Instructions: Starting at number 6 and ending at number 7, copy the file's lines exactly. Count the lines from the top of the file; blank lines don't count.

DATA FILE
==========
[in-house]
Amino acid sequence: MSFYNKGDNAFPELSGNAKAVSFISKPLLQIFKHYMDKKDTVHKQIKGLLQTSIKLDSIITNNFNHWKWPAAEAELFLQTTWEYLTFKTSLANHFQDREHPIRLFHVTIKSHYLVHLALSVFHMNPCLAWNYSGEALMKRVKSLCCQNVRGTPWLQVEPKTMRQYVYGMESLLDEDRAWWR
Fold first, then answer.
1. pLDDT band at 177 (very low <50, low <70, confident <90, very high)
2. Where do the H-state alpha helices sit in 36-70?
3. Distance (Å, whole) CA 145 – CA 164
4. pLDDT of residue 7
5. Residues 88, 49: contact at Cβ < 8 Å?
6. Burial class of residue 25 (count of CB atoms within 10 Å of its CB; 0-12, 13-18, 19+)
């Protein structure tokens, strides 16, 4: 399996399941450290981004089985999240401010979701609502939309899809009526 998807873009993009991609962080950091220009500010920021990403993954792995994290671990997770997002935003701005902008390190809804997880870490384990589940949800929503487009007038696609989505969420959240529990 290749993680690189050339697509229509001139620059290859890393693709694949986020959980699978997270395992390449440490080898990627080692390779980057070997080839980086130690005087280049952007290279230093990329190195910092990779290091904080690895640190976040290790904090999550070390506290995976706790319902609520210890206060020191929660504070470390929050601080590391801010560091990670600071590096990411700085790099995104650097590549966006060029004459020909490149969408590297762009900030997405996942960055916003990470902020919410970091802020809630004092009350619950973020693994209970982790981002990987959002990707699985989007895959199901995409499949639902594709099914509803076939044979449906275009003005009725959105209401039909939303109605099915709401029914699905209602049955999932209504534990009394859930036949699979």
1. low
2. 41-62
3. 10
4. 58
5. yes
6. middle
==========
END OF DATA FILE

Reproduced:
3. Distance (Å, whole) CA 145 – CA 164
4. pLDDT of residue 7